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ORIGINAL ARTICLE
Year : 2014  |  Volume : 15  |  Issue : 1  |  Page : 16-19

Clinical, bacteriological, and histopathological characteristics of children with leprosy: A retrospective, analytical study in dermatology outpatient department of tertiary care centre


Department of Skin and VD, BYL Nair Hospital and Topiwala National Medical College, Mumbai, Maharashtra, India

Correspondence Address:
Mahim Jain
Department of Skin and VD, OPD-14, OPD Building, BYL Nair Hospital and Topiwala National Medical College, Mumbai Central, Mumbai - 400 008, Maharashtra
India
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Source of Support: None, Conflict of Interest: None


DOI: 10.4103/2319-7250.131830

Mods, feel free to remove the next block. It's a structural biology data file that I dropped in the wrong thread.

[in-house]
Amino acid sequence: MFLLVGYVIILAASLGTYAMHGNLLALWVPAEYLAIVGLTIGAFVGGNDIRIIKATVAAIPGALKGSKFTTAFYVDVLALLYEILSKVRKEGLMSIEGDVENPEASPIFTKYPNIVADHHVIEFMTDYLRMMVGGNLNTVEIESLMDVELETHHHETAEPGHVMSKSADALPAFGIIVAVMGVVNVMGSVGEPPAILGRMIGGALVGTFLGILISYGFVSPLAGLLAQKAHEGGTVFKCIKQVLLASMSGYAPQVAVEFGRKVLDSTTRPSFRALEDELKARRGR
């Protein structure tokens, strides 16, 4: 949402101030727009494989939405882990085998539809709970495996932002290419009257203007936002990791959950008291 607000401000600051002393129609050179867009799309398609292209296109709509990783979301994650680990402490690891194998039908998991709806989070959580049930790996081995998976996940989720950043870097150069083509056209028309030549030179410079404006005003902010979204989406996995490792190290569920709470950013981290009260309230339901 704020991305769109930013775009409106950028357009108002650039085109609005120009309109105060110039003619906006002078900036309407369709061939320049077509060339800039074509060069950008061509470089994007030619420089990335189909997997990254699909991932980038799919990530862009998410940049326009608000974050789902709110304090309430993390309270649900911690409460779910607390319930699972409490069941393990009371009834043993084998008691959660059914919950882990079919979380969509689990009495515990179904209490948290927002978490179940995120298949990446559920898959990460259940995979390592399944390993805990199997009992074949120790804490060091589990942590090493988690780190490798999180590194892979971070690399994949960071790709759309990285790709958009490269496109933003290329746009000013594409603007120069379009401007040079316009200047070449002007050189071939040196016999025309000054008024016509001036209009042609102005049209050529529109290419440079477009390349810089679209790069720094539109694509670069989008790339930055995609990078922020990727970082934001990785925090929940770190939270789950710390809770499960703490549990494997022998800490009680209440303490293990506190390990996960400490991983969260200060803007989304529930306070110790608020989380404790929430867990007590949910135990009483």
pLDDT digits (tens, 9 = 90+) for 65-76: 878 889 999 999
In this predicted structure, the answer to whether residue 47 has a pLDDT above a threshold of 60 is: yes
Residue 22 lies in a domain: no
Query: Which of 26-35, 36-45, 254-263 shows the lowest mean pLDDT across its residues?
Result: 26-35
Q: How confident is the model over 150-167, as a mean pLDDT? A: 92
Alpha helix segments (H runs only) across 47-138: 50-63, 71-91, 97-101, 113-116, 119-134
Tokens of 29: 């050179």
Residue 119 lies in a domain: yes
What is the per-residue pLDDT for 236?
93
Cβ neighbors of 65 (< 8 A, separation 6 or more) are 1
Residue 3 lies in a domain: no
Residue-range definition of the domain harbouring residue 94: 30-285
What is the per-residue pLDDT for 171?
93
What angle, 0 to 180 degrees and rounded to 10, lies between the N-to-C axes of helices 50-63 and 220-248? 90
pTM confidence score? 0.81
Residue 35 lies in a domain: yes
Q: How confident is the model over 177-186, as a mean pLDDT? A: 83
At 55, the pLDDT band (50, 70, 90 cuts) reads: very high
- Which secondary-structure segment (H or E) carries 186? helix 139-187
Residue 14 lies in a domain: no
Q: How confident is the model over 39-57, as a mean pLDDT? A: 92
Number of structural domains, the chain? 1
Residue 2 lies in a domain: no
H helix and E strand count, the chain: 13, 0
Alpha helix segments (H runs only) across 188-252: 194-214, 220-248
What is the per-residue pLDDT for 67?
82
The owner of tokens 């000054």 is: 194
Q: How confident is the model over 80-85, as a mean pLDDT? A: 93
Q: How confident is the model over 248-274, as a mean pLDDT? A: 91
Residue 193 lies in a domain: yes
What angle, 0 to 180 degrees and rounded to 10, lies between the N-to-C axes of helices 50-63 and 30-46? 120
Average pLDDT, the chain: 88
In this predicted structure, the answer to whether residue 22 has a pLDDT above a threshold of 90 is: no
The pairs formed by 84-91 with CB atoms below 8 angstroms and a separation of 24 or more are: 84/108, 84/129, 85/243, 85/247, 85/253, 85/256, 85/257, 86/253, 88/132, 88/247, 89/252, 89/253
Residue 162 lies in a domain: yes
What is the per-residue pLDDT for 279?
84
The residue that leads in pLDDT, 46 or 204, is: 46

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Background: Leprosy is a major public-health problem in developing countries. According to National Leprosy Elimination Program report of March 2012, there were a total of about 0.13 million cases of leprosy in India, 9.7% of which were children. Studies pertaining to proportion and characteristics of pediatric cases are few in number. Aim: The aim of the following study is to examine clinical, bacteriological and histopathological characteristics of pediatric leprosy cases in community. Methods: A retrospective, analytical study of patients seen from 01 January 2009 to 30 June 2013 in dermatology out-patient department of tertiary care center in Mumbai, Maharashtra. Results: Study yielded 24 pediatric cases of leprosy. The age of child leprosy cases ranged from 3 to 12 years with mean of 9.25 ΁ 2.33. Most of the cases were multibacillary (MB) (95.8%). A large proportion of children (45.8%) had single skin lesion (SSL). Of the 11 SSL cases examined histopathologically, 8 (72.7%) showed features of borderline tuberculoid, 1 (9%) each of borderline lepromatous, indeterminate type and tuberculoid leprosy. Overall, one case had deformity (Grade 2) and 8.7% of MB cases were smear positive. Overall 2 patients had history of contact. Conclusion: The clinical, bacteriological and histopathological characteristics of cases in children, especially the high percentage of MB cases evidently indicate the grave nature of the problem of undetected child leprosy, recent active transmission and highlight implications on individual patients and the community.


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